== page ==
The Reluctant Hubby: Hips Don’t Lie

Happy Halloween

Two men in search of candy

I did a 5K on Halloween. There was no running involved; it was the distance covered as I took my son and his friends trick-or-treating. I just clocked the mileage on Map My Run. Officially, myself as LMFAO and my son as an Evil Jester walked 3.27 miles. Not too shabby if I do say so myself. And living in a fairly urban setting allowed us to secure a very impressive candy-per-mile ratio.

Near the end of the night, as the streets became more and more deserted of revelers, and more and more houses had turned off their porch lights or put up signs saying “Sorry — Out of Candy,” I felt a sharp pain in my right hip. Almost as if a very short vampire had stuck his fangs into me. It came out of nowhere and suddenly I was limping.

What the hell, Shakira? Hips don’t lie indeed. When I got home, I asked this blog’s namesake, you know, the fitness professional and anatomy buff, what the heck might be wrong with me. She didn’t really know, but told me to try and stretch things out. I got down on the floor and tried a handful of “yogic” positions to see if I could discover a reason for the sudden discomfort. No luck.

The sharpness had turned into a dullness at least, but it seemed as if rest was what was needed. Yet, it was only a 5K distance traveled, and not even running. I do this kind of stuff all the time. Please don’t tell me this is just one of the pleasurable benefits of being 46. That sometimes things just … hurt. Congratulations, you should expect your first AARP solicitation mailing any day now.

The next morning the hip was still a bit sore. I did some more stretching and felt some tightness in my gracilis (the fitness professional gave me that one … you and I call it the “inner thigh”) and getting it loose helped my hip feel better. It really is surprising how the hip bone is connected to the leg bone.

So here we are, the quandary we face in our forties, something the “hipsters” don’t need to worry about. We need to be active in order to feel good, but if we’re too active, we won’t feel good. You know what, I’m just going to eat some of my son’s Halloween candy. That will make me feel good no matter what.

Previously on The Reluctant Hubby:It’s Been a Year …

About Greg Wymer

Greg Wymer is Principal and Chief of Creative for Healthy Dose Media. He was an award-winning radio copywriter and morning show producer for WFNX-FM in Boston in the 1990s, and in the 2000s won Best Viral Marketing Campaign and Best Non-Profit Campaign for his work with e-tractions, a provider of custom online entertainment. Before launching Healthy Dose Media, he spent 10 years at the MIT Enterprise Forum working as a developer of programs, content, and marketing for a global audience of startups and entrepreneurs. Greg has been a mobile and club DJ for 25 years, created and ran a pub trivia night called Useless Trivia, and is on the Board of Directors of ImprovBoston, where he performed as a cast member of its Mainstage for seven years.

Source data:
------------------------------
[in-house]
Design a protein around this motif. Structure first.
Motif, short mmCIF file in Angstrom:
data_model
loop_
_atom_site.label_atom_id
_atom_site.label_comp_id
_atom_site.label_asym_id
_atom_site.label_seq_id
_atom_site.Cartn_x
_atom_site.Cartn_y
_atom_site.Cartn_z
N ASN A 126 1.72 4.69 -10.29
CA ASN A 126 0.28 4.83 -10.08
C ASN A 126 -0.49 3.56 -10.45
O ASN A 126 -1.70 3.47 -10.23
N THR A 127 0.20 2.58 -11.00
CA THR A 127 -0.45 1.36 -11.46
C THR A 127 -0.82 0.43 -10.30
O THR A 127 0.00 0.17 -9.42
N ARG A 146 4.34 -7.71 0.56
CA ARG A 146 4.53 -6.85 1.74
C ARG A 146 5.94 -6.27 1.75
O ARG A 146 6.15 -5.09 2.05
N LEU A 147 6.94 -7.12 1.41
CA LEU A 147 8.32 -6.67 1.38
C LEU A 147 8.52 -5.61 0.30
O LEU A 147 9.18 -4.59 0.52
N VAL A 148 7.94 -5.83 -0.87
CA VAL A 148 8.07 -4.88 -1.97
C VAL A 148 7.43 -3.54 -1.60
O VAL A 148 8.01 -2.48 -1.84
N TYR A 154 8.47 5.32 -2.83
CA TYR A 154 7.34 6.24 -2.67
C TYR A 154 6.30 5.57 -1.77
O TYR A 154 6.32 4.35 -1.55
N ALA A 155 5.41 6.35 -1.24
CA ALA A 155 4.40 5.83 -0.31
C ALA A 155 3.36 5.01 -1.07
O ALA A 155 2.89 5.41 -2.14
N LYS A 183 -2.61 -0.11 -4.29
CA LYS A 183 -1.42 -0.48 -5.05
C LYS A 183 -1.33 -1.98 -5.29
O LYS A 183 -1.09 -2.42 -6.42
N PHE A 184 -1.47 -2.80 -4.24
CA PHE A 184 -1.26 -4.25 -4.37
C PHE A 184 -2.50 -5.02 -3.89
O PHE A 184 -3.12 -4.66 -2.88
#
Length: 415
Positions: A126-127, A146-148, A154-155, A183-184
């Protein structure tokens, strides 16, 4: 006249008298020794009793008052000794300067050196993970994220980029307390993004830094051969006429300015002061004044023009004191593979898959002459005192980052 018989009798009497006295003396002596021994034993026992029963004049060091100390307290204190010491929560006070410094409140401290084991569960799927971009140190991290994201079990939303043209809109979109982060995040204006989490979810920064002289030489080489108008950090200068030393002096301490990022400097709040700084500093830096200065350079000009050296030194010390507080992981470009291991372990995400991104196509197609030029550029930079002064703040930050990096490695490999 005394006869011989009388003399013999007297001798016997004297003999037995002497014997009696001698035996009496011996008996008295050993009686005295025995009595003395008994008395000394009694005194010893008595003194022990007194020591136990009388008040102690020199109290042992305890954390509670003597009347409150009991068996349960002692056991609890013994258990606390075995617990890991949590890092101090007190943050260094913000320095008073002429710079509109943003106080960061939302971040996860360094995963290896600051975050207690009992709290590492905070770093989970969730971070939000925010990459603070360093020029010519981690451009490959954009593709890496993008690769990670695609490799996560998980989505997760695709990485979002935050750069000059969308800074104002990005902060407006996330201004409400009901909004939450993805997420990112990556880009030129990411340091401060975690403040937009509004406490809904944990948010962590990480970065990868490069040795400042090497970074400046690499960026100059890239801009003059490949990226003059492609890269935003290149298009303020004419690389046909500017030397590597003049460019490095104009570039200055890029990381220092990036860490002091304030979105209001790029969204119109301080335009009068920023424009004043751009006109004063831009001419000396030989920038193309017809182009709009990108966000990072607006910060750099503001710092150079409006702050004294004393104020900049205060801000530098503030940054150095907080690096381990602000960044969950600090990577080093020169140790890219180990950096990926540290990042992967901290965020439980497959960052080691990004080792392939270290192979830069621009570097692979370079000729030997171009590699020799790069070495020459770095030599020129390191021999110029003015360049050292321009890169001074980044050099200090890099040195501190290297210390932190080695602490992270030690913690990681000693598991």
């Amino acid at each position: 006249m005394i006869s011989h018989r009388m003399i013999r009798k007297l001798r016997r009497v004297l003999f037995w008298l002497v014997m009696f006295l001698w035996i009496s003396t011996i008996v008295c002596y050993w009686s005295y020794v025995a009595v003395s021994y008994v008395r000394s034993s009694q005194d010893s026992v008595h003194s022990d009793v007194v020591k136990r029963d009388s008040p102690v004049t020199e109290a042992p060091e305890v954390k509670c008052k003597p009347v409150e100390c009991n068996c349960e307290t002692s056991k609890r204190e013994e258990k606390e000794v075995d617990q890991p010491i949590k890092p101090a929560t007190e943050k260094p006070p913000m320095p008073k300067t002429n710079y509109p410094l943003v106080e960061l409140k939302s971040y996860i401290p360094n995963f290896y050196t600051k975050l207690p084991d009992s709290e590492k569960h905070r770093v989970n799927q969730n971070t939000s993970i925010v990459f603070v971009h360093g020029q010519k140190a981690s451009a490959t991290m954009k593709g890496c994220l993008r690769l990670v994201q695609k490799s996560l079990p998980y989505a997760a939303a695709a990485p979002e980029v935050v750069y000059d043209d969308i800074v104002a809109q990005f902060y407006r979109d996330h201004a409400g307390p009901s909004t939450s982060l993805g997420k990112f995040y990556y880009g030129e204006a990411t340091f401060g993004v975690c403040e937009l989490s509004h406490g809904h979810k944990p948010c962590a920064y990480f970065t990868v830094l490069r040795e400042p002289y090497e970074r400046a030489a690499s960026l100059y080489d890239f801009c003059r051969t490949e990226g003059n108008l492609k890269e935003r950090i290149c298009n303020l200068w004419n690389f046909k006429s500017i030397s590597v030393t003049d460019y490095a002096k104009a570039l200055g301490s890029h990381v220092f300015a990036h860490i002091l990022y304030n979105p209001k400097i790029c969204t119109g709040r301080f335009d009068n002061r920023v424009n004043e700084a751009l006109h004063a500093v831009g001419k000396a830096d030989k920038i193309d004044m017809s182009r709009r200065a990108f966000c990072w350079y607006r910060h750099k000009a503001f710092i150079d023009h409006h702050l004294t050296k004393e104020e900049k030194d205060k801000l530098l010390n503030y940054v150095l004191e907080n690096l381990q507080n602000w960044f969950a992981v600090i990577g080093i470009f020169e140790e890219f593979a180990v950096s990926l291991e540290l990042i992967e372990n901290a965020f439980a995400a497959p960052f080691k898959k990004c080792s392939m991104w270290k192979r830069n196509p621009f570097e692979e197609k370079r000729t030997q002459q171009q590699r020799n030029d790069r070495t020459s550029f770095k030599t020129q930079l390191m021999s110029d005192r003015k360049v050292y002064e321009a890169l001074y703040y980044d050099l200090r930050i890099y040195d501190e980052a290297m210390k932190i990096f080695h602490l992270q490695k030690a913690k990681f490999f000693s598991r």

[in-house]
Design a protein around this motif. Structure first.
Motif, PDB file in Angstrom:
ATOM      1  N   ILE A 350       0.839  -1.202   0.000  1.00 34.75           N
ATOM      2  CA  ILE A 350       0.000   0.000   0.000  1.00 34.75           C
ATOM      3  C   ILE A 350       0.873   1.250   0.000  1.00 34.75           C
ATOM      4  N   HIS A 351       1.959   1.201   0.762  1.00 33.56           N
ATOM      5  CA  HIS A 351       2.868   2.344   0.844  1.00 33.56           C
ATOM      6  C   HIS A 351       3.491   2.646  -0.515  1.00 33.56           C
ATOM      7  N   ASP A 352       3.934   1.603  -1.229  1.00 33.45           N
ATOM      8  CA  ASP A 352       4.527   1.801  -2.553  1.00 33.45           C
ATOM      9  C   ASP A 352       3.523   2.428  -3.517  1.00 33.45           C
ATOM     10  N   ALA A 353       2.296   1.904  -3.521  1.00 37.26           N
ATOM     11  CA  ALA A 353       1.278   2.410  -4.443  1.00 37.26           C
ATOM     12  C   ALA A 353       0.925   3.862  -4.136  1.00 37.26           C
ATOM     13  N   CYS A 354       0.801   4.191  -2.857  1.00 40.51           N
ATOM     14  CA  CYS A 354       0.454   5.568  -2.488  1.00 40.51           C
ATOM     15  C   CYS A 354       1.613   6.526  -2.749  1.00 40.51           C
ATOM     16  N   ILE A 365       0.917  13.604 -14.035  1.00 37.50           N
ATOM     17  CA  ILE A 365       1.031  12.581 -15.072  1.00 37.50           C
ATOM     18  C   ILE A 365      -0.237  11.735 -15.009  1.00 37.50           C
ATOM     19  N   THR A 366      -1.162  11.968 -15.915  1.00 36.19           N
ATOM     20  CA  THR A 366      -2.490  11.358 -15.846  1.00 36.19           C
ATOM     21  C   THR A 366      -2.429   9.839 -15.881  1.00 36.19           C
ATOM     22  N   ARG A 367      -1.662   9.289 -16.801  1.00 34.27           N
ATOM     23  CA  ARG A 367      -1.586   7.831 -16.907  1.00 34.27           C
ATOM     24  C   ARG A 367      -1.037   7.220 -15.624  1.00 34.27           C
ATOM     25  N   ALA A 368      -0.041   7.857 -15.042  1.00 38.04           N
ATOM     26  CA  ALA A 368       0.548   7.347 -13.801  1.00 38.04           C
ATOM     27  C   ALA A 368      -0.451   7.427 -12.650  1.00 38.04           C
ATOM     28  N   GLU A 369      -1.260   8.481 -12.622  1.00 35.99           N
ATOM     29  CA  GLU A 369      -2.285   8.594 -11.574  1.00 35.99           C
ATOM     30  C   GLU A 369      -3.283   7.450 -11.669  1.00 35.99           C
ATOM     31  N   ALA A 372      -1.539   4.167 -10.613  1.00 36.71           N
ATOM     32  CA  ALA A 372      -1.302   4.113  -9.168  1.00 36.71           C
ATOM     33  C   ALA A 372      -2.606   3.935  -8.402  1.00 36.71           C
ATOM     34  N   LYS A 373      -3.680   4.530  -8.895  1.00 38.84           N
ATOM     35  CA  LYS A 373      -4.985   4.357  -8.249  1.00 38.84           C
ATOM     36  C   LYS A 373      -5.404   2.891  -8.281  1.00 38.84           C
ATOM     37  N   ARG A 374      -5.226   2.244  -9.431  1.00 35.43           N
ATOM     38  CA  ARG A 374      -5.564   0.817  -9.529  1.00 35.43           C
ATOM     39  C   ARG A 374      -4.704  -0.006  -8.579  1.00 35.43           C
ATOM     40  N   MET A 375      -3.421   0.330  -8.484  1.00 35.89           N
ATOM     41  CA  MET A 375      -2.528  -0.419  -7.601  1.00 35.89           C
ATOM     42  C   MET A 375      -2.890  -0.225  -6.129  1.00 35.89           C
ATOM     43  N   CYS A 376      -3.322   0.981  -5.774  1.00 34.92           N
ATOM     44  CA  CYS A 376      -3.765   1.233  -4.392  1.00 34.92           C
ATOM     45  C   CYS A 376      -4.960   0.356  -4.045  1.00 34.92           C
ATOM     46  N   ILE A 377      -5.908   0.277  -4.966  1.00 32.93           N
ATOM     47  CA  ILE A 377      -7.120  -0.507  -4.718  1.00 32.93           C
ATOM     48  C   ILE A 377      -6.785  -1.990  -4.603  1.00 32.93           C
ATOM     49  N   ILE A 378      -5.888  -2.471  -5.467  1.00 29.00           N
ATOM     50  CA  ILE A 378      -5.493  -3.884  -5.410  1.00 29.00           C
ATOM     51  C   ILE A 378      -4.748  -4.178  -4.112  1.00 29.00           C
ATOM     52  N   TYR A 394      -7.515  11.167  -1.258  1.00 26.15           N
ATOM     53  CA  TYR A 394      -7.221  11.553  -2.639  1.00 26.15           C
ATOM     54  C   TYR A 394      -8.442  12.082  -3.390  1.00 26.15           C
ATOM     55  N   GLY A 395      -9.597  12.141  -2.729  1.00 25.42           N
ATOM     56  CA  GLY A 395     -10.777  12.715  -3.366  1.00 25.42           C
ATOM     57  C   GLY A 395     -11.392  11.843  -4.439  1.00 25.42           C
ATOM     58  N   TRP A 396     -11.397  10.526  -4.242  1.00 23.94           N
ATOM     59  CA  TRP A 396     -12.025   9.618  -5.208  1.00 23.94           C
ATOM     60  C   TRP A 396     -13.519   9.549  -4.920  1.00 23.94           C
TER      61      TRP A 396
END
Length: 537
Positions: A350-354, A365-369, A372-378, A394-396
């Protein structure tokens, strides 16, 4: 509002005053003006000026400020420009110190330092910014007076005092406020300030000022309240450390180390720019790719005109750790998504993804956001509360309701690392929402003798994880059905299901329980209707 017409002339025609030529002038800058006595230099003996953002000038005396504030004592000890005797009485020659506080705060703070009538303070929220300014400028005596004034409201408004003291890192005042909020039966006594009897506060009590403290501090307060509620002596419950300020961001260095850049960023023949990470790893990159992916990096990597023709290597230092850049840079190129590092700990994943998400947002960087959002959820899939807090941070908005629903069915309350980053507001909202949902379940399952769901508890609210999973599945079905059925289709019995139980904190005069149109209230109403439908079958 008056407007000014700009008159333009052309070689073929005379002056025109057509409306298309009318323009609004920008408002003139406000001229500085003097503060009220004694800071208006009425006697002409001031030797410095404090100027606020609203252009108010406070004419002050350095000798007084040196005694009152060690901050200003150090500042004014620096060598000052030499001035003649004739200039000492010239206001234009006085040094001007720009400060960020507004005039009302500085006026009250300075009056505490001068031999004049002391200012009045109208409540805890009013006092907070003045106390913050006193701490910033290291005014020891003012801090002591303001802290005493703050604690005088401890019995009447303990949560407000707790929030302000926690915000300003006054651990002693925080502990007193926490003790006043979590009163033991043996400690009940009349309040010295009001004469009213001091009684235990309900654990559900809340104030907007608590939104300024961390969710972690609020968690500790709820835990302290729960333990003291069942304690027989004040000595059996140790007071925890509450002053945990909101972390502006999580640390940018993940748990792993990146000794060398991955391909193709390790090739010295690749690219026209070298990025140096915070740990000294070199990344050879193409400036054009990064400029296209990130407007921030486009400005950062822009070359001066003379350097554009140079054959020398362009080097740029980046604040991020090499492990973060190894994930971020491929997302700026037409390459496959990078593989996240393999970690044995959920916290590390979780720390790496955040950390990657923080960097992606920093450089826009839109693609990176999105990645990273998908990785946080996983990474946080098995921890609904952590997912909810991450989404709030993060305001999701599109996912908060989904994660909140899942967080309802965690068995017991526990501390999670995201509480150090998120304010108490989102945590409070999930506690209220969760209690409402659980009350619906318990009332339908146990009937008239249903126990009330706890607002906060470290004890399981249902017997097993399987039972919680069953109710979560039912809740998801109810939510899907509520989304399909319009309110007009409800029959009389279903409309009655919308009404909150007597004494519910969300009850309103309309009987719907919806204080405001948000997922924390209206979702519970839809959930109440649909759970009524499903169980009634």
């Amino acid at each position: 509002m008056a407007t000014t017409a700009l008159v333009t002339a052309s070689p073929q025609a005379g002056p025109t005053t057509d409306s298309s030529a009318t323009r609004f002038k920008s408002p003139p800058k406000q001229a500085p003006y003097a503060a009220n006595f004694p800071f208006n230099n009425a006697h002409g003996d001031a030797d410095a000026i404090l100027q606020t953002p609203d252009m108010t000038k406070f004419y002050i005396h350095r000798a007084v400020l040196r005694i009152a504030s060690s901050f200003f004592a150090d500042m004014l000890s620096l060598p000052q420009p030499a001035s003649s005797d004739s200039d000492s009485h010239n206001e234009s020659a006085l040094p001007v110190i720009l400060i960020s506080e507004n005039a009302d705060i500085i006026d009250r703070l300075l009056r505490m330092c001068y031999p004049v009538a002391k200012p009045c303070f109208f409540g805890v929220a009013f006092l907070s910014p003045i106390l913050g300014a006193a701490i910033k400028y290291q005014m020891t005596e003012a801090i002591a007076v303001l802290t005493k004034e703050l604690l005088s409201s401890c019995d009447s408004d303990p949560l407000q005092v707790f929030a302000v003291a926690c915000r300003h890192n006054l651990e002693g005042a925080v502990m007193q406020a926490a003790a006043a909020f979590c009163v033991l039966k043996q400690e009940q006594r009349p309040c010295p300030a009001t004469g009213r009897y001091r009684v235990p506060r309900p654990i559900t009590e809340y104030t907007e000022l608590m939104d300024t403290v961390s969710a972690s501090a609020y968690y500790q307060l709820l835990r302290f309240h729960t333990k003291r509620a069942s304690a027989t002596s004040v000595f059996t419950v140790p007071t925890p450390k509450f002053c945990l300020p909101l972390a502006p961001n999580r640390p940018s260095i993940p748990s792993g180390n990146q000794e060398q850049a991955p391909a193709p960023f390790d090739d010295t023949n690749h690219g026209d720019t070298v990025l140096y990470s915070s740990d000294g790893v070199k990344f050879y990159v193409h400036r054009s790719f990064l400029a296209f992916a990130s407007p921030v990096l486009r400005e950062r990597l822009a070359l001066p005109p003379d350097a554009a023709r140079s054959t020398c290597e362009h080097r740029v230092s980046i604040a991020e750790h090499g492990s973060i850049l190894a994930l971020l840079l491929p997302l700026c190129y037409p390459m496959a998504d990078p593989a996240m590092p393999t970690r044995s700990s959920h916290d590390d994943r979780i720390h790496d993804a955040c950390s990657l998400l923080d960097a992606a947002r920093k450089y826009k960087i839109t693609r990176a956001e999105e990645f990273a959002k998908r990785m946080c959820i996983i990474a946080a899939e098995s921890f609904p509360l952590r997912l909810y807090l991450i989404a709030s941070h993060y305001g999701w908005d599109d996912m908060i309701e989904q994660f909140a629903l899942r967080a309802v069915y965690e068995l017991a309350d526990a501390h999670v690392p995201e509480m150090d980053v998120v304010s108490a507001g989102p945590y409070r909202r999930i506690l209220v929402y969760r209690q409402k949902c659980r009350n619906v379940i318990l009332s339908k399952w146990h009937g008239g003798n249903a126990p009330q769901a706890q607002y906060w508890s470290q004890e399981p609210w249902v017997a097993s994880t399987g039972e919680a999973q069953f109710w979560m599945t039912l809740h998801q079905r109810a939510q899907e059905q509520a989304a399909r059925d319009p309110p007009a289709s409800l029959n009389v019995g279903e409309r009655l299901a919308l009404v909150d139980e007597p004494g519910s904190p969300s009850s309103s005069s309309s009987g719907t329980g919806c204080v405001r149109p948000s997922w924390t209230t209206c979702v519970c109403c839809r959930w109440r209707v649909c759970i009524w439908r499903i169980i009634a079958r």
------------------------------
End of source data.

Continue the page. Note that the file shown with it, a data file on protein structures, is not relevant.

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4 Responses to The Reluctant Hubby: Hips Don’t Lie

  1. KellyJMF November 5, 2012 at 12:53 pm #

    We’re old now so we need to stretch and wear supportive shoes before Trick-or-Treating.

    It also helps to take your anti-inflammatory of choice *before* you go.

    I had a similar “what-the what now?” moment when I got home from standing outside for 6 hours in the cold at a Girl Scout cookie booth a couple of years ago and needed to rest on the couch for the rest of the day with a heating pad and a bottle of NSAIDs.

  2. Ashley November 6, 2012 at 8:09 am #

    That’s a pretty long walk, you should make sure you stretch (for at least 15 minutes before AND after) doing that amount again. Also I’d recommend doing some hip rolls to reduce the pain and strengthen those muscles.

  3. Deb November 9, 2012 at 4:39 pm #

    I will only whisper that was the similar pain that eventually signalled a hip replacement for me. For weeks I thought I pulled a groin muscle…

    Make sure your fitness professional helps you stretch and release those supportive muscles, and strengthen the big movers. If you sit a lot (who doesn’t) you might have weak hamstrings/glutes.

  4. Lisa Johnson November 9, 2012 at 8:57 pm #

    Deb, I would be the fitness professional :-) I’m on it! L–

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